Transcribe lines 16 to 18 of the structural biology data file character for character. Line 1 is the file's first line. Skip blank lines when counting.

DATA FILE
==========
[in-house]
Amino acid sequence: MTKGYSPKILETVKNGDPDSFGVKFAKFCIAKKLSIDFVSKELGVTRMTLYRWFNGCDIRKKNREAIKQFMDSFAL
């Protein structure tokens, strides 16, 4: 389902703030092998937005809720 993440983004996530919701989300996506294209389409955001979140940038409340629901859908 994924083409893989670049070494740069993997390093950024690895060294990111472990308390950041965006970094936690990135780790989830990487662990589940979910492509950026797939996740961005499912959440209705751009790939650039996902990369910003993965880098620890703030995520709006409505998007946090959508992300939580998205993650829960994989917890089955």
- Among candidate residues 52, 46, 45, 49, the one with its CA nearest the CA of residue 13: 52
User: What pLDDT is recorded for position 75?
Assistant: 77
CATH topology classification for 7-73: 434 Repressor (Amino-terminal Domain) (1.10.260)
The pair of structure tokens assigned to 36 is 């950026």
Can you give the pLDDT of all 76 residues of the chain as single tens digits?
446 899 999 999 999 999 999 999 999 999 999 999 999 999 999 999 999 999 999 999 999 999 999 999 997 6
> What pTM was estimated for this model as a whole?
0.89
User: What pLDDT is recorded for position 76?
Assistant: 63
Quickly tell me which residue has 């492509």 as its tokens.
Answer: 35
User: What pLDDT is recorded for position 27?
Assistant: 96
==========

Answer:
Answer: 35
User: What pLDDT is recorded for position 27?
Assistant: 96